Threat Intelligence Feed Definition & Meaning

A threat intelligence feed lists trends in malicious activity, typical cyber attacks, and habits of attackers within networks. Threat intelligence feeds are a resource for businesses that want to examine cyber attack and hacking trends and implement security solutions accordingly. Once deployed with a security solution, they reveal possible threats and send alerts to system administrators when suspicious activity occurs. Threat intelligence feeds monitor network traffic and IP addresses and shows where an attacker breached a network or committed a crime so that a business knows what it looks like. They’re often available as open-source or third-party resources that offer specific details about breaches, attacks, and malware.

Threat intelligence provides much-needed awareness of threats and attacks within networks so that organizations can better prepare themselves. Feeds are often available from a third party that offers specific details about breaches, attacks, and malware. The feeds record log data and can provide data of anomalous behavior and threat actor movement. Many open source threat intelligence feeds provide free data for organizations to examine. However, they aren’t particularly useful until they’re implemented with security software and the technology and IT personnel know for what exactly they’re looking.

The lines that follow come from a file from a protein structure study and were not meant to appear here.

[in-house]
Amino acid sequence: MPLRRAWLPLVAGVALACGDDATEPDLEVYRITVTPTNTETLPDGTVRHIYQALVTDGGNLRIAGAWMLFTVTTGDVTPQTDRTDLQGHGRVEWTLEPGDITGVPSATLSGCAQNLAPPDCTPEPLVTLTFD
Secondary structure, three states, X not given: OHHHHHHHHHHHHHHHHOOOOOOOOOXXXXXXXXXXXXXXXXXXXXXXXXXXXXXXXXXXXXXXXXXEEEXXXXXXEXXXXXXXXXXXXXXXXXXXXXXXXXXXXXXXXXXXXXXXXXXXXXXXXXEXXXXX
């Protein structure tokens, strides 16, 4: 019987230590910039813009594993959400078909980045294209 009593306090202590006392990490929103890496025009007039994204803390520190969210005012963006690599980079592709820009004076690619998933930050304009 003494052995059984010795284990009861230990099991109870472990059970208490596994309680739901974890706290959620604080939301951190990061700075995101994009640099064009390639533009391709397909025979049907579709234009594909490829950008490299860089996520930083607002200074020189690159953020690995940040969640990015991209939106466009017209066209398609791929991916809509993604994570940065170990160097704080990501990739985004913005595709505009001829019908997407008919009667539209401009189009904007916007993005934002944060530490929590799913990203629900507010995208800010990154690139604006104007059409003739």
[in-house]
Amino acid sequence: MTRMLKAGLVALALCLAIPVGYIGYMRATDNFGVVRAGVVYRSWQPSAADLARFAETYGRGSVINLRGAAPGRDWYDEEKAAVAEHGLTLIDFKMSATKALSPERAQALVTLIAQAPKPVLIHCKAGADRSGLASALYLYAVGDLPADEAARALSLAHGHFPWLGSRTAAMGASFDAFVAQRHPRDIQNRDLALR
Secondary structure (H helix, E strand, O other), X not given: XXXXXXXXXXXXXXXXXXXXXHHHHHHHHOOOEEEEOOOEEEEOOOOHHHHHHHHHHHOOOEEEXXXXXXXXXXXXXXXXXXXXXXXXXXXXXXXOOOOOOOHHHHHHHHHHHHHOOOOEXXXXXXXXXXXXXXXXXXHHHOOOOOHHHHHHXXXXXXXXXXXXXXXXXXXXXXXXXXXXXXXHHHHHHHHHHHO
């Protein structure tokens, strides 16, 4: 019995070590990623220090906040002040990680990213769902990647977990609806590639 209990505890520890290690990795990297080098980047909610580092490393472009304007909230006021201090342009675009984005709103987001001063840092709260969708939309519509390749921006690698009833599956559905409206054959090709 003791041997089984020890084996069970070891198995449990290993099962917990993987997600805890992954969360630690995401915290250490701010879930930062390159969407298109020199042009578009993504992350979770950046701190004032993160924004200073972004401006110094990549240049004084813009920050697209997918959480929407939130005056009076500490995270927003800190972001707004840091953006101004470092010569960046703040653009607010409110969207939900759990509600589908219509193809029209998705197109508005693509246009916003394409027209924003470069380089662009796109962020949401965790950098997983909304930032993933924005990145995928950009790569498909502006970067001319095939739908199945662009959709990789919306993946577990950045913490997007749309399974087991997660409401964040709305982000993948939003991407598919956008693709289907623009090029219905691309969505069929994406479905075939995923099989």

Ideally, threat intelligence feeds should be available to all security teams within an organization for better information and visibility. Silos won’t help a team implement successful threat intelligence and intrusion detection and prevention plans. Making sure all IT teams and personnel are aware of possible threats and different types of attacks increases the likelihood of better tracking and halting attacks. Also, having a dedicated team for threat intelligence may best prepare an organization to monitor the right network traffic, know which threats are most likely to happen, and be ready to mitigate or prevent them.

It’s important for a business to know which specific threats are most likely for their organization: being drowned in intelligence about every possible attack won’t help a company successfully detect anomalies. Instead, IT staff won’t be able to tell the threats from regular traffic and will be overwhelmed by alerts. If your business is considering a threat intelligence platform, make sure to carefully consider which one will be best based on the most likely threats that your business will encounter.






Jenna Phipps
Jenna Phipps
Jenna Phipps is a contributor for websites such as Webopedia.com and Enterprise Storage Forum. She writes about information technology security, networking, and data storage. Jenna lives in Nashville, TN.

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